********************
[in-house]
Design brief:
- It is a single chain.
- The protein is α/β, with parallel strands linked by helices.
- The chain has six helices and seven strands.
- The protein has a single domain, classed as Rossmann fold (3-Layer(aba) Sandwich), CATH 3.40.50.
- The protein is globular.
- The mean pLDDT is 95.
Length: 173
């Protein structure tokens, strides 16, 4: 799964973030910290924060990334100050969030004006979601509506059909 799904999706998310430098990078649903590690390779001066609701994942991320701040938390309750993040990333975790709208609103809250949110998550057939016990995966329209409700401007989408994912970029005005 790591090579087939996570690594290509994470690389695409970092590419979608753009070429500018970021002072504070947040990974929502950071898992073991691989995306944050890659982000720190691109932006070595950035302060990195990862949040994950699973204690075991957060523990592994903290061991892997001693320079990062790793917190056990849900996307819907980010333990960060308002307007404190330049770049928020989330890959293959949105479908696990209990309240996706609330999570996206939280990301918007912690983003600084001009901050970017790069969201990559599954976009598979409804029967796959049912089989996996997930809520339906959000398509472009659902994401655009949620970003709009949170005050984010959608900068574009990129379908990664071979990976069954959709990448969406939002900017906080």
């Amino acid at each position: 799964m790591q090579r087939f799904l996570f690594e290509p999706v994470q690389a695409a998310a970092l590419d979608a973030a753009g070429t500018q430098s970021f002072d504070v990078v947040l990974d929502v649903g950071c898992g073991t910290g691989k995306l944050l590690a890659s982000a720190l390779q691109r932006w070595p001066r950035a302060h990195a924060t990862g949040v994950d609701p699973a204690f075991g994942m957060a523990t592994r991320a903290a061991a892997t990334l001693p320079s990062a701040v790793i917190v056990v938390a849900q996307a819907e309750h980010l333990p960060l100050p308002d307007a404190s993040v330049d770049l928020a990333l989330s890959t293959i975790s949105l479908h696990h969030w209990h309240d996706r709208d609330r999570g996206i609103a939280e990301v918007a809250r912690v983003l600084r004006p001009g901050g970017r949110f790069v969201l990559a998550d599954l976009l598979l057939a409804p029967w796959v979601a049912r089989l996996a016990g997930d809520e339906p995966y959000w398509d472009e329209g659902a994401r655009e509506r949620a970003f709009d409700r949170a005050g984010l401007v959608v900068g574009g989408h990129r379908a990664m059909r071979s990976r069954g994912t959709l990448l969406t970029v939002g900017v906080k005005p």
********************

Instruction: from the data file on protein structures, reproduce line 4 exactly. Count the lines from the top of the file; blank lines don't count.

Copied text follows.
- The protein is α/β, with parallel strands linked by helices.